A new stack of notepaper is taking the stationery world by storm. A company from Japan — a country known to produce more than it’s fair share of stationery — has recently released an inventive new breed of post-it called the “Omoshiro Block,” which translates to something along the lines of “fun block.” And fun is definitely built into this pad of detachable writing paper. With the removal of each colorful sheet, another piece of an intricate paper model of famous Japanese architecture is revealed.
The level of detail in these paper constructions is impressive and surprisingly intricate. Then again, they are coming from the land of origami, so it only follows that a lot of thought would be put into everyday paper design. The Omoshiro Block offers people a great incentive to take notes daily, as the model is only fully revealed when all of the pieces of paper have been removed.
As alluded to earlier, this form of note-taking results in a sort of excavation of an architectural model. Among the iconic buildings featured in the collection are Tokyo’s Asakusa Temple, the Kiyomizudera Temple in Kyoto, and the Tokyo Tower, which itself was inspired by the Eiffel Tower in Paris. These buildings are hidden inside Omoshiro Blocks and unearthed as their users strip away each laser-cut sheet. And it’s not only buildings that are exhumed from the block of paper, but also everyday objects, including violins, pianos, cameras, and trains.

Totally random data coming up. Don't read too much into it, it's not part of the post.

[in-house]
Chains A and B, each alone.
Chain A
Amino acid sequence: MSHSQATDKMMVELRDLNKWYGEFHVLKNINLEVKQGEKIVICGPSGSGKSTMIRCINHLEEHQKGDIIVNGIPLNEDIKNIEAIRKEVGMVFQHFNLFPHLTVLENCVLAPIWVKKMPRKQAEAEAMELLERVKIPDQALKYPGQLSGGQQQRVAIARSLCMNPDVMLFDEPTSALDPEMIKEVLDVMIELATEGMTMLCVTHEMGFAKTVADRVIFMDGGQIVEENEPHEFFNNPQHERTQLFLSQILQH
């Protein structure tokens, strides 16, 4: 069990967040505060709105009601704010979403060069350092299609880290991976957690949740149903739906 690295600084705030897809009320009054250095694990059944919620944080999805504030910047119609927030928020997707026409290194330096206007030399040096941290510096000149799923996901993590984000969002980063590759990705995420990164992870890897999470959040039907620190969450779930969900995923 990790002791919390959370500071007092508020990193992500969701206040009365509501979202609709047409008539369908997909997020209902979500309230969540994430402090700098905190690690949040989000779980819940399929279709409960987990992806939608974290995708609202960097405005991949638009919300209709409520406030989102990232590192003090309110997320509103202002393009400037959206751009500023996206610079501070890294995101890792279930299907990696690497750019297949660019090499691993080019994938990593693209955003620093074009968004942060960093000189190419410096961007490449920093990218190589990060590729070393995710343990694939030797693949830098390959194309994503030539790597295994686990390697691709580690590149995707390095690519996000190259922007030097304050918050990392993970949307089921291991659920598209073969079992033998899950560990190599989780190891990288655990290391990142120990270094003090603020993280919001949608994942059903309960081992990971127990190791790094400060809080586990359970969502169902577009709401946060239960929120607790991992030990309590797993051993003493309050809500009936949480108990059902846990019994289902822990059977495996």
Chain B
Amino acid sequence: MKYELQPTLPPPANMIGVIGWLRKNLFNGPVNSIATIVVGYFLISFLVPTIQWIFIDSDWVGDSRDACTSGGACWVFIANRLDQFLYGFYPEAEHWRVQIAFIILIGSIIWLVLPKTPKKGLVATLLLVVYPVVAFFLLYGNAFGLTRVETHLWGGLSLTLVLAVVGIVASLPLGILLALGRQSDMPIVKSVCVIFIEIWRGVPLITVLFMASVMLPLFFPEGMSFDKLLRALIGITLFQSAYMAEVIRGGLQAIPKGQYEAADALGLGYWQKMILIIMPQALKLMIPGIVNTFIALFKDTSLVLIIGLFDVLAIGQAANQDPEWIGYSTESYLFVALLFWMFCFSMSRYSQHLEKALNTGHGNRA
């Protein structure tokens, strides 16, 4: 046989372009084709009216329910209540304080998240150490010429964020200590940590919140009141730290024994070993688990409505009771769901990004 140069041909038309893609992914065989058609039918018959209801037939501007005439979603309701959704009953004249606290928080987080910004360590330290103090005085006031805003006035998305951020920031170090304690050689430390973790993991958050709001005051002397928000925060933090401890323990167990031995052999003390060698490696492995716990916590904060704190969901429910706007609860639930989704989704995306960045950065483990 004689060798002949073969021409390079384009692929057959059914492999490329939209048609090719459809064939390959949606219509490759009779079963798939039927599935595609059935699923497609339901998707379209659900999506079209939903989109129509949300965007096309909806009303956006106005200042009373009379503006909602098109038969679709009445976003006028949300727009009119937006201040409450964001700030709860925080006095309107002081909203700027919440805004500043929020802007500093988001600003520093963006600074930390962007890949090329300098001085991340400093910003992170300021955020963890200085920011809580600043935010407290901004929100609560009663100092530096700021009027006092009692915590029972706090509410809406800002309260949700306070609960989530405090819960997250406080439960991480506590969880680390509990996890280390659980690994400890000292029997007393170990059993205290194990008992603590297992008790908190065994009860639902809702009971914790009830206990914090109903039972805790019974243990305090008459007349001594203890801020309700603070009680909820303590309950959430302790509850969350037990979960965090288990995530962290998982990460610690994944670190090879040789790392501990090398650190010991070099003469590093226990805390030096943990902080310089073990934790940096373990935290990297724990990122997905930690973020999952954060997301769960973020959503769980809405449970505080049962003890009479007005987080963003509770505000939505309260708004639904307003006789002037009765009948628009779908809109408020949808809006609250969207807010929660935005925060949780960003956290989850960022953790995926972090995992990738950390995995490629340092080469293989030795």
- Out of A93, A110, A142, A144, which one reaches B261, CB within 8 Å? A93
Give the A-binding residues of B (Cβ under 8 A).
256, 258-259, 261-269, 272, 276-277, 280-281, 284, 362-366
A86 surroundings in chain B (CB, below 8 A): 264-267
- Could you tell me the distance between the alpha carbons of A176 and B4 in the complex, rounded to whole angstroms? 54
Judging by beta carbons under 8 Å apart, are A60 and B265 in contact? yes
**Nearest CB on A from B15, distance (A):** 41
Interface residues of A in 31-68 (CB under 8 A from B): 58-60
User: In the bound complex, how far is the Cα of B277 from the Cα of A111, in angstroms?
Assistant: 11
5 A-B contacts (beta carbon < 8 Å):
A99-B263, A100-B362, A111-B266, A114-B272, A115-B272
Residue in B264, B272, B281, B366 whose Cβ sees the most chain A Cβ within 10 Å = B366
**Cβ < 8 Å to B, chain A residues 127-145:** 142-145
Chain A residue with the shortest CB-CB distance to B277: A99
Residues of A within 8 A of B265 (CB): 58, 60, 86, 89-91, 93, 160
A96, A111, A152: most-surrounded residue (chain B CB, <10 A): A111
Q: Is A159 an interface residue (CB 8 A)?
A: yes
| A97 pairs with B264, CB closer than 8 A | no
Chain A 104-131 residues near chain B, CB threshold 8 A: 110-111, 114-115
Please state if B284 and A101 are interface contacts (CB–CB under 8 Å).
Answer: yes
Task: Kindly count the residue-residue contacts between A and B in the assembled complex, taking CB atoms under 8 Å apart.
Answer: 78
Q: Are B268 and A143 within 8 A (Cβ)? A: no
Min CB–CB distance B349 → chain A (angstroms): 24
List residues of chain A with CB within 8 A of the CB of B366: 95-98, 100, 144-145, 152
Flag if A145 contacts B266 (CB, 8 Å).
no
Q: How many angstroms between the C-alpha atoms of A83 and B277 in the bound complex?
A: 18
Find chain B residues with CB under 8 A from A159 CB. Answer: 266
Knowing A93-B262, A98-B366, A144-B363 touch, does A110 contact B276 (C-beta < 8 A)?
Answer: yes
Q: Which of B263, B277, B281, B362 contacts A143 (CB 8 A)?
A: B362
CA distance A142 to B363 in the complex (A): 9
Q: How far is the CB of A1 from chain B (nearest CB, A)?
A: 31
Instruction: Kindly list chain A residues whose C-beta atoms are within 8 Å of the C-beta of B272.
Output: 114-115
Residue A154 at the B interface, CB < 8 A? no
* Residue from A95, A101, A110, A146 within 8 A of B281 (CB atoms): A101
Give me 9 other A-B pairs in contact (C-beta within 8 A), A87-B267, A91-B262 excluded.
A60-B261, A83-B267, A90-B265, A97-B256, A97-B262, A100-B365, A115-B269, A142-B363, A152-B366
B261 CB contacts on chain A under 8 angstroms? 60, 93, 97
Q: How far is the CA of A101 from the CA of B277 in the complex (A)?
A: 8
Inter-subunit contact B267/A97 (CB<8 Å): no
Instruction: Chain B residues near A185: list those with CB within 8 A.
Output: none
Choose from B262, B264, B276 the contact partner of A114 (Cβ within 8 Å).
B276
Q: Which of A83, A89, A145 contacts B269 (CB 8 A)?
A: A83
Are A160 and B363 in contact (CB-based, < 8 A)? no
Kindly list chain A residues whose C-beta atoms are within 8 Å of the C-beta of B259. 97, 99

The first few sheets can be ripped away in their entirety, but as the block shrinks, so does the size of the paper, as it’s intentionally been cut to make way for the shape of the model hidden inside of it. More specifically, the models are made up of the remains of the sheets, each leftover slice forming part of the figure. At the bottom of the pad, you’ll find that foliage has been printed around the base of the building, forming a landscape of different colors and serving as a plinth for the buildings.
The Omoshiro Block is available in a wide range of colors, so whether you like your vegetation to have few splashes of autumnal pink and red in it or prefer a more summery shade of green, you’re guaranteed to find one you like. Another amazing feature of this notepad is that on many of its sheets, the places where the paper has been cut out to form the model also leave interesting miniature figures behind, some of them clutching umbrellas and others walking their dogs. Others feature leaves, flowers, and trees, so in a way, it’s like every page produces its own tiny work of art!
The Omoshiro Block is made by the Japanese company Triad, who normally manufactures architectural models anyways, so it’s safe to say they’re already experts in creating life-like replicas of real buildings. Each block contains 100 unique sheets of paper, but getting your hands on one will only be easy if you actually live in Japan, because for now they are only being sold in the “creative life store” Tokyu Hands in Osaka. No doubt they will be available on the international market shortly though, seeing as they are already making the rounds online. In no time at all, stationery lovers all over the world will be dying to become the proud owners of an Omoshiro Block.